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Dealing with Your Boss

Of the many and varied issues that clients bring to me for career counseling, or life coaching, one of the most common is difficulties with the boss.  It is of such significance that, in many cases, repairing that relationship can transform a career situation that is practically unbearable into one that is at least tolerable.

Although it is true that some bosses achieve their position through the Peter Principle (employees get promoted until they reach a level where they are no longer competent), the majority of bosses are quite capable.  However, even if they’re not, it is quite likely that your boss will have a huge influence on how well you actually perform (or are evaluated as performing) your job.  As David D'Alessandro states in his best selling book Career Warfare, "Your boss determines how much money you make, what kind of experience you gain, how much authority you have, what the next step of your career will be, and whether you'll be posted to Paris, France or Paris, Maine".  While this statement is not entirely accurate (higher-ups can have an even greater influence), it is certainly more true than not.

The most common client problem I encounter in this arena is the passivity demonstrated by employees when they feel they have a poor relationship with their boss.  It is all too easy to attribute difficulties to “personality conflicts” or “she’s out to get me” or “he’s sexist / racist / homophobic”.  While some bosses do have an irrational dislike of their employee(s), most are more malleable than they may seem.  After all, if the relationship is upsetting you it’s probably causing your boss some level of distress, too.  Here are five principles to follow that will help repair a problematic relationship,  or help insure that a new one gets off to the right start.

PRINCIPLE #1 – The Boss Is Always Right (usually) 

            If you’re in the service business. The Golden Rule is that “the customer is always right”.  You should have  a similar attitude toward your boss.  Of course neither the customer nor the boss is in fact always right, and if an excessive request is made by either it should not be blindly executed.  What’s more, any kind of abusive behavior should not be tolerated in either situation.  However, your goal in just about any dealing with your boss is to make that person feel respected and important, just like the customer.

PRINCIPLE # 2 – You Need to Earn and Keep the Boss’ Trust

            Your boss has earned her / his stripes.  You are looking to do the same.  That means to the best of your ability you should strive to flawlessly implement projects that you are assigned.  No factual errors, typos, or (worst of all) missed deadlines.  This is a particularly critical rule at the beginning of a relationship, since how smoothly and promptly you complete assignments at the beginning will set your boss’ expectations moving forward. If your boss feels your word is unreliable, you’re in trouble.  Now, things often do not go as smoothly as anticipated, but if it looks like you may be late in completing a project don’t wait until the last minute to inform your boss; frequent status reports ensure that communication is flowing and that there won’t be any huge surprises.  Relatedly, accept responsibility for mistakes or delays in your assignments.  Over the two decades in advertising during which I supervised employees, one of my pet peeves was people trying to pass the buck.  It connoted shiftiness and a lack of maturity and character.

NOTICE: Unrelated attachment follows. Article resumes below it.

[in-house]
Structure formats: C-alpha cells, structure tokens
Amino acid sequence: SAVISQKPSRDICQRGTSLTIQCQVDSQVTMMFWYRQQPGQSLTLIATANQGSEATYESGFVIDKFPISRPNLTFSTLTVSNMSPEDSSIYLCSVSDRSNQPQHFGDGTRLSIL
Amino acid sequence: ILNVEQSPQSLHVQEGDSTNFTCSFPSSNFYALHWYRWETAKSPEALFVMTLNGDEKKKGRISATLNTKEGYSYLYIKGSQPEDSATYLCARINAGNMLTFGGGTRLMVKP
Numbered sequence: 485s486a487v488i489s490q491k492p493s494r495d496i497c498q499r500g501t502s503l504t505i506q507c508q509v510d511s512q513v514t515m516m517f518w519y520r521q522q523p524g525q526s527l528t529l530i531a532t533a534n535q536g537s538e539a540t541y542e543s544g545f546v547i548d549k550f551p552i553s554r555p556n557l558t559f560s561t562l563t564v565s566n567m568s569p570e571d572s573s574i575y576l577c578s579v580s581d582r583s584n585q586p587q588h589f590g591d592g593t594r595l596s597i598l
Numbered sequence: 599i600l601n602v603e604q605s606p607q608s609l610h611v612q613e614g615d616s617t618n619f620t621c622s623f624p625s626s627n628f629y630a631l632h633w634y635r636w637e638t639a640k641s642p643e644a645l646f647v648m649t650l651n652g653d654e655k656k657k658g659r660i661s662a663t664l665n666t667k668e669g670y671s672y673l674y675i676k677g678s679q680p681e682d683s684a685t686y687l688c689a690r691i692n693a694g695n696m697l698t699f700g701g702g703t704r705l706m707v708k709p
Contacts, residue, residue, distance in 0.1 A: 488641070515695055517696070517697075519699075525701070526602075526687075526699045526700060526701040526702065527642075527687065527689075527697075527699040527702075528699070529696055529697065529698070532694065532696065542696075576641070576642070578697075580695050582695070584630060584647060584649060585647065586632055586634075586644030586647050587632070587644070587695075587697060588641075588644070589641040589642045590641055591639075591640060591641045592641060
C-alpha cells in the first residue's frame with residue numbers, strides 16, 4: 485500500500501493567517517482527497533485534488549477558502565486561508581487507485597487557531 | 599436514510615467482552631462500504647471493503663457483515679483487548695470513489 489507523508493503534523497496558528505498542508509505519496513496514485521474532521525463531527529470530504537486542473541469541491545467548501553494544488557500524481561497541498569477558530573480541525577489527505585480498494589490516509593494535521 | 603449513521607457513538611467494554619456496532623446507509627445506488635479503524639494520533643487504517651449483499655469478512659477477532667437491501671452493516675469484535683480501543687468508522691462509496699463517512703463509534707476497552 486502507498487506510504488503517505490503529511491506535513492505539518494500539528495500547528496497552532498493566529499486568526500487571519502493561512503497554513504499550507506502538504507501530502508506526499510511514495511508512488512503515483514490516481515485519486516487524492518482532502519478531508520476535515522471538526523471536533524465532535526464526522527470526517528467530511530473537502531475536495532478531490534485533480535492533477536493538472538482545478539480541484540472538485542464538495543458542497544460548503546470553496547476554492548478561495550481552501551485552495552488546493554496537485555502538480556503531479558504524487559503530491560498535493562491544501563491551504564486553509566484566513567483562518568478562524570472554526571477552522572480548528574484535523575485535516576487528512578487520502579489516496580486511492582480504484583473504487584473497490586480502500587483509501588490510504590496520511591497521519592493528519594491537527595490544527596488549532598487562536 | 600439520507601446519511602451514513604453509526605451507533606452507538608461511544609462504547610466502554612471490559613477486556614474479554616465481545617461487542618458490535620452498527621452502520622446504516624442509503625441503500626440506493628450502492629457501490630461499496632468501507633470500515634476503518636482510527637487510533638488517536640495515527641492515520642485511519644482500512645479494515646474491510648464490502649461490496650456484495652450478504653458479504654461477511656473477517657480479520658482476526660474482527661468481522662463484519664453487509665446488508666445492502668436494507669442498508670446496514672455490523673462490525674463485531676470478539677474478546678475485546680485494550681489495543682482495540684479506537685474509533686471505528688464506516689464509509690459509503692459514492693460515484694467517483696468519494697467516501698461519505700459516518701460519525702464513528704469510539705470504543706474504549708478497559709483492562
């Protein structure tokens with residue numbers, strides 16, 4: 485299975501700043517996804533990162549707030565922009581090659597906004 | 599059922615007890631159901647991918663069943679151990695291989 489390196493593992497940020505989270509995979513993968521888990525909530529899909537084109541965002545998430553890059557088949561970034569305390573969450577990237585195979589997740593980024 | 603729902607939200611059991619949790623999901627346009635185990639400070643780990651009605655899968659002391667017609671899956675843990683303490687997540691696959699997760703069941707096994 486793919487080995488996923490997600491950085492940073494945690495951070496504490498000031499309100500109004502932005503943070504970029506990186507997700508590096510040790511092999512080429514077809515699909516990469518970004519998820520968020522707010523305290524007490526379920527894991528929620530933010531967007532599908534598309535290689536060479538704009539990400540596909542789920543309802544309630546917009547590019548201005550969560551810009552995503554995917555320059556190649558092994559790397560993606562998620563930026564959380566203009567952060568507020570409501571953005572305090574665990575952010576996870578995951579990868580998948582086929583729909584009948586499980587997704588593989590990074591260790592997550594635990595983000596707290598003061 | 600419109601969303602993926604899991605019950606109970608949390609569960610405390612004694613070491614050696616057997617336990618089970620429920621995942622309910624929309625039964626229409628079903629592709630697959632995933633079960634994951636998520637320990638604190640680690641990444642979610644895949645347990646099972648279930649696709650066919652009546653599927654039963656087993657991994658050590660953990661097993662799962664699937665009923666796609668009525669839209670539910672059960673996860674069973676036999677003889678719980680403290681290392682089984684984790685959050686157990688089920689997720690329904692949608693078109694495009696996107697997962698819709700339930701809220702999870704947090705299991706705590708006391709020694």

PRINCIPLE # 3 – Anticipate your Boss’ Needs 

            Time is at least as valuable, if not more so, to your boss than it is to you, because the boss has greater responsibility.  However, even if this is not the case, and you see your boss taking long lunches, coming in early, and leaving late, you should still try to anticipate his / her needs.  People in any situation, including the workplace,  really appreciate others making efforts on their behalf,  efforts that make their lives easier.  So, rather than waiting for an order or asking “what should I do?” all the time,  propose a course (or courses) of action: “I’ve drafted a summary of our third quarter results that I thought might be helpful to take with you to the meeting with the owner”;“I can get this recommendation to you by the end of tomorrow, will that be OK?“; Would you like me to schedule the meeting for the conference room, or did you have another setting in mind?”

PRINCIPLE # 4 – Own Your Part of the Problem

            Just as in romantic or fraternal relationships, when things go south both parties share responsibility.  Look to yourself first and what you may have contributed to the situation before deciding that it’s all the boss’ fault for being unreasonable, temperamental, or volatile.

PRINCIPLE # 5 – Don’t Let a Toxic Relationship Fester

            Any relationship can get off track.  If it feels like yours is heading in that direction, consider requesting a meeting at which you’d acknowledge past mistakes, express regret, and make suggestions for future improvement.  These face-to-face meetings can be anxiety producing and nerve wracking, but they’re preferable to trying to sweep a crumbling relationship under the rug.


References (5)

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    Dealing with Your Boss - Blog - Jim Weinstein
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